Randy V. Bradley
“Seeing students mature in their thought process and critical thinking, which have to take place in order to excel in a national case competition, is gratifying,” Bradley says.
Aerospace & Defense, Executive Education, Executive MBA, Full-Time MBA, Global Supply Chain, Global Supply Chain Institute, Healthcare, Leadership & Strategy, Physician Executive MBA, Professional MBA, Supply Chain Management - Faculty
Randy V. Bradley, associate professor of supply chain management and Haslam Family Faculty Research Fellow, has a passion for helping others succeed. In the Haslam College of Business, he uses this drive to serve students through teaching and coaching. As a researcher, he works to create positive change for industry.
This passion has garnered him several awards and recognitions this year. Most recently, Bradley received a distinction from his alma mater, when he was named Harbert College of Business Auburn University Outstanding Black Alumnus of the Year. For Bradley, this award highlights skills attained while at Auburn University and the University of Tennessee. Bradley uses these abilities to affect the future of supply chain management.
“This recognition says to me that the impact we can have on industry, as academics, is broad,” Bradley says. “Sometimes, there is the notion that academics are isolated or isolate themselves from corporate America, but this recognition shows that we can have a positive impact beyond the classroom.”
In Haslam, Bradley works to share this influence across various areas of supply chain management. His research, focusing on emerging technology and healthcare, showcases his thought leadership.
“I see myself as a visionary,” Bradley says. “As an academic, you are trying to chart the path for people to follow, and there is a sense of responsibility for what you are guiding executives and other leaders to do. It’s important to support what I say with evidence. My research is data-driven and guides how I interact with industry and what I put in the marketplace to be consumed by practitioners.”
Bradley also works to shape industry by guiding the next generation of corporate professionals. He says his most rewarding work often happens outside the classroom, where he serves as the lead coach and advisor for several of Haslam’s national graduate case competition teams.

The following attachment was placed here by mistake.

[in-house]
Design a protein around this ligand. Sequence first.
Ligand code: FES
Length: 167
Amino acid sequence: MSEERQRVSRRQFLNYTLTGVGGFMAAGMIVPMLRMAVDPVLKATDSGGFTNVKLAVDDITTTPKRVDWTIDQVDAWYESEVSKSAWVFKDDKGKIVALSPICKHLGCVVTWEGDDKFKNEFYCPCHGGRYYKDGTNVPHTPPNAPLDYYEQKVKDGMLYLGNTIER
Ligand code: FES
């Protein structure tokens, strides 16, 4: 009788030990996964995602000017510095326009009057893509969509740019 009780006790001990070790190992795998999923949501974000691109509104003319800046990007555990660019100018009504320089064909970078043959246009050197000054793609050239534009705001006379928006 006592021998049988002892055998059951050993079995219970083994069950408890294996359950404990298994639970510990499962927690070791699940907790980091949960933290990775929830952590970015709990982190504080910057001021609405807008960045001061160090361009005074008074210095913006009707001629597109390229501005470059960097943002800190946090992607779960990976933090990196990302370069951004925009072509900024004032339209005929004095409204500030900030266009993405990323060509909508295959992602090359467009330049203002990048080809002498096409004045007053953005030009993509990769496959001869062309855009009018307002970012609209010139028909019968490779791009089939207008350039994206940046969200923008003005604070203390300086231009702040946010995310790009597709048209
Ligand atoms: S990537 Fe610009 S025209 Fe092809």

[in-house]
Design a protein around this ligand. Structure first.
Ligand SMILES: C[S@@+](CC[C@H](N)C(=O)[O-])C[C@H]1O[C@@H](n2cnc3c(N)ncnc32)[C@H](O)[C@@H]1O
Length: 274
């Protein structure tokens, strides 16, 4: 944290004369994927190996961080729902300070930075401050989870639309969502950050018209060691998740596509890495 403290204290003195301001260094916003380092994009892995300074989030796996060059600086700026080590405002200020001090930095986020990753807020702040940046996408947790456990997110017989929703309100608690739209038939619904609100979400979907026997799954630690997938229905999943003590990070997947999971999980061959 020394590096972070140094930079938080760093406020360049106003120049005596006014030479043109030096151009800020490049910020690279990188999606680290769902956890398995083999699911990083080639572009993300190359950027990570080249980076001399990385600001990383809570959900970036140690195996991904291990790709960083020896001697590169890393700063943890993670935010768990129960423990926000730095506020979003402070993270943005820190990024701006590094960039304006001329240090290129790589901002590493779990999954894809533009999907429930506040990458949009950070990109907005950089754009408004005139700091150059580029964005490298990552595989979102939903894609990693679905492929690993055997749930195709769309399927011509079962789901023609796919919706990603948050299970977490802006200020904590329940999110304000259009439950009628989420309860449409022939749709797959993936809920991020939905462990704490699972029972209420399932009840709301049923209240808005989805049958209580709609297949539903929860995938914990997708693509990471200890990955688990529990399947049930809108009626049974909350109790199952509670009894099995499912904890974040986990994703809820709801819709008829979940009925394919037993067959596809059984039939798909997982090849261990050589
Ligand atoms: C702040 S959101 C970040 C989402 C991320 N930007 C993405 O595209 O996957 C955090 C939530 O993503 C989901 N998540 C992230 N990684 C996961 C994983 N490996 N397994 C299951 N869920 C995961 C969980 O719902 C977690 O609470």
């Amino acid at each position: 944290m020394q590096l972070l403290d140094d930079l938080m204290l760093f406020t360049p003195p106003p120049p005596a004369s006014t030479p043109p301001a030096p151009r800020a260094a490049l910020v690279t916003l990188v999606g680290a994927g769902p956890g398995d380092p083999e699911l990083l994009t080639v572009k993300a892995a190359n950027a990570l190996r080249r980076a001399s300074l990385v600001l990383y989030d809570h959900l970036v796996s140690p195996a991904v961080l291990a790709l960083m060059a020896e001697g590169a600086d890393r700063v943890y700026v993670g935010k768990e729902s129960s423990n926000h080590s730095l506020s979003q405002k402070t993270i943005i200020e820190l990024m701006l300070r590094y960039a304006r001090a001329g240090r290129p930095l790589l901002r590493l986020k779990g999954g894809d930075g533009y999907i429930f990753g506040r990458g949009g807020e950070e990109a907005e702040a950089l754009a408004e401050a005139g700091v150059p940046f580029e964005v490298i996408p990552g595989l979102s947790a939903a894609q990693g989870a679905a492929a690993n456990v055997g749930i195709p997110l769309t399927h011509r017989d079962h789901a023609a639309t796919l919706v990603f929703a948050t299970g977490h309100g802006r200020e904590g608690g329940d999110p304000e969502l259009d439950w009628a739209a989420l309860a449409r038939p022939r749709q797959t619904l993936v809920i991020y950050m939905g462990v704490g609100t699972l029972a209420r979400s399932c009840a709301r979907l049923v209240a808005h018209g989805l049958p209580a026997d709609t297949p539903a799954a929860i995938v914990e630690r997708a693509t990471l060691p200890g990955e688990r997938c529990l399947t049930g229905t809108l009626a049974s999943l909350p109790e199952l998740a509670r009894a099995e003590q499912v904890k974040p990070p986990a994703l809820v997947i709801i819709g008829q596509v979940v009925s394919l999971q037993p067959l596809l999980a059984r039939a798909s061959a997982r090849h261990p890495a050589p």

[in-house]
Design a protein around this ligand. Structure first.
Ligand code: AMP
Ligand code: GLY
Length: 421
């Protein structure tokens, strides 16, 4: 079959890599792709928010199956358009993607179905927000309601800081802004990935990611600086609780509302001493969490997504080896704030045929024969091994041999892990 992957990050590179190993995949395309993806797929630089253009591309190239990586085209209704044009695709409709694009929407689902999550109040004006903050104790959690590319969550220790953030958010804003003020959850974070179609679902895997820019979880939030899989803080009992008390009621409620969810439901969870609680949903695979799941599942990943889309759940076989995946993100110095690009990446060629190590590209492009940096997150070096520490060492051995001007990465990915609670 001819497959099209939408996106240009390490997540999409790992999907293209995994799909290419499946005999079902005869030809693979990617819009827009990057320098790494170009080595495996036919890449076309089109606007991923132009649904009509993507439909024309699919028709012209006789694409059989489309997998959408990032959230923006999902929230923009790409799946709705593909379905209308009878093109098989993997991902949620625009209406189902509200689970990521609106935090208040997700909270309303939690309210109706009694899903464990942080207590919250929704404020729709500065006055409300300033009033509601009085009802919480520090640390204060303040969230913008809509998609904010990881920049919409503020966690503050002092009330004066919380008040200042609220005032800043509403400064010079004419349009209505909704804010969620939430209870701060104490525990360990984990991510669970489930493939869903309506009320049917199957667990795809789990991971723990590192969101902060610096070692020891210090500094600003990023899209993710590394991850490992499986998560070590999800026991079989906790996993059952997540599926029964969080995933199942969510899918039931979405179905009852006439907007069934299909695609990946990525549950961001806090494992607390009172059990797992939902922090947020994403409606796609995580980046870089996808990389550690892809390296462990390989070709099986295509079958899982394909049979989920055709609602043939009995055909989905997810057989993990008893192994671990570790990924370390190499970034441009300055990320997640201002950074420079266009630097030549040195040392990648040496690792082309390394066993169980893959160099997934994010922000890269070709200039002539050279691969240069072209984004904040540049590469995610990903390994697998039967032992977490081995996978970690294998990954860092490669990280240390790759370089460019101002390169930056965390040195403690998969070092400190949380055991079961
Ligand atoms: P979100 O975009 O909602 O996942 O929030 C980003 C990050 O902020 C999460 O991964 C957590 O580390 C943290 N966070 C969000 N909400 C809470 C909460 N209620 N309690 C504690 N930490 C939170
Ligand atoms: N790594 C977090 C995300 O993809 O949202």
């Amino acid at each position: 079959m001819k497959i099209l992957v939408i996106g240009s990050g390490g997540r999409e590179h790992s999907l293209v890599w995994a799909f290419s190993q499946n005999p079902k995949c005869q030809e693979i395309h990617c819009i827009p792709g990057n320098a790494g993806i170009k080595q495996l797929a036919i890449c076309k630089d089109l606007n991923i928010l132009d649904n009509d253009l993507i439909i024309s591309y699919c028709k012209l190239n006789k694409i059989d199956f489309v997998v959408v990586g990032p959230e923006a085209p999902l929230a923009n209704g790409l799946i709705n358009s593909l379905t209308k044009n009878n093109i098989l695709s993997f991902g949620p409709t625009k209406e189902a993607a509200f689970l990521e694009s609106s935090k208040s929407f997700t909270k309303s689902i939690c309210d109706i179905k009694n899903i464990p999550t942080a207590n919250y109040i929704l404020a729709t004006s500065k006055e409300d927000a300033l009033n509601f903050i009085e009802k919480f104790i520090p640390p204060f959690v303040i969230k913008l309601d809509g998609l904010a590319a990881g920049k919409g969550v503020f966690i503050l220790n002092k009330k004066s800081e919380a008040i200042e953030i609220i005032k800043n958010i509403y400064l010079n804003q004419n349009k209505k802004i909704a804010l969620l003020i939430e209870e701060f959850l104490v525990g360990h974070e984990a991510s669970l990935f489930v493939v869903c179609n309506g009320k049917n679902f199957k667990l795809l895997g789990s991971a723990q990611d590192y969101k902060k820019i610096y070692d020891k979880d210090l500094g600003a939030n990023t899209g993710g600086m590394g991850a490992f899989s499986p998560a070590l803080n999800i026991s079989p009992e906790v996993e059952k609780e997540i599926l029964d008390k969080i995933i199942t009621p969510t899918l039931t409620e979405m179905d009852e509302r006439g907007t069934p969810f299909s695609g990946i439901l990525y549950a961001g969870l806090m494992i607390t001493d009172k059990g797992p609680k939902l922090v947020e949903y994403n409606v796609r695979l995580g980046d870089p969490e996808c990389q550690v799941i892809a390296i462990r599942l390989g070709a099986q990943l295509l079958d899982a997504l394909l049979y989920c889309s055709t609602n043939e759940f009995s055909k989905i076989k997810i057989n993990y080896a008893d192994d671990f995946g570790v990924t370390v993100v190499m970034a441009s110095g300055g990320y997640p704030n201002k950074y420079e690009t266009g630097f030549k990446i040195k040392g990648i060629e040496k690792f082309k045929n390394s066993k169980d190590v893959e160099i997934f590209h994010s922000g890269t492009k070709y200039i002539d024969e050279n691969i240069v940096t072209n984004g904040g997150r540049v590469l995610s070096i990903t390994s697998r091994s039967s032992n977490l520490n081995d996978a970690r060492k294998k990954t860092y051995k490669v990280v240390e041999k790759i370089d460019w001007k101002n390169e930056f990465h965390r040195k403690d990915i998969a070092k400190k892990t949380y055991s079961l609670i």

“Seeing students mature in their thought process and critical thinking, which have to take place in order to excel in a national case competition, is gratifying,” Bradley says. “Preparing for these competitions is all about how to think and how to read and analyze people. I’m teaching them how to own the room and control the space. At the end of the day, in competition, the students will answer the questions, solve the problems and face the executive panel of judges. To see them shine in that environment is most rewarding.”
Bradley has also dedicated himself to diversity in academia and industry. He was recently inducted into the PhD Project’s Hall of Fame. This award highlighted his 19 years of service to the organization and its ideals, an initiative with the goal of promoting diversity in industry by increasing diversity of business school faculty. Within Haslam, he sees diversity as the key to the college’s innovation.
“There is an entrepreneurial spirt in Haslam,” Bradley says. “It’s a spirit that says we’re not tied to the status quo. We do things differently not just for the sake of doing things differently, but because we believe if we are going to have the best, we need to do our best and recruit, attract and retain the best at every level — student, staff, faculty and leadership. The creativity and innovation that exudes from Haslam is the result of a diverse faculty and workforce, something Haslam embraces.”
Investing in a diverse faculty and staff for the Haslam College of Business is something Bradley says will increase the college’s positive impact.
“It’s important to understand that when you invest in talented and industry-minded faculty, it’s not done in lieu, and at the peril, of other college initiatives,” Bradley says. “It’s done to positively affect the overall success of the college and its stakeholders.”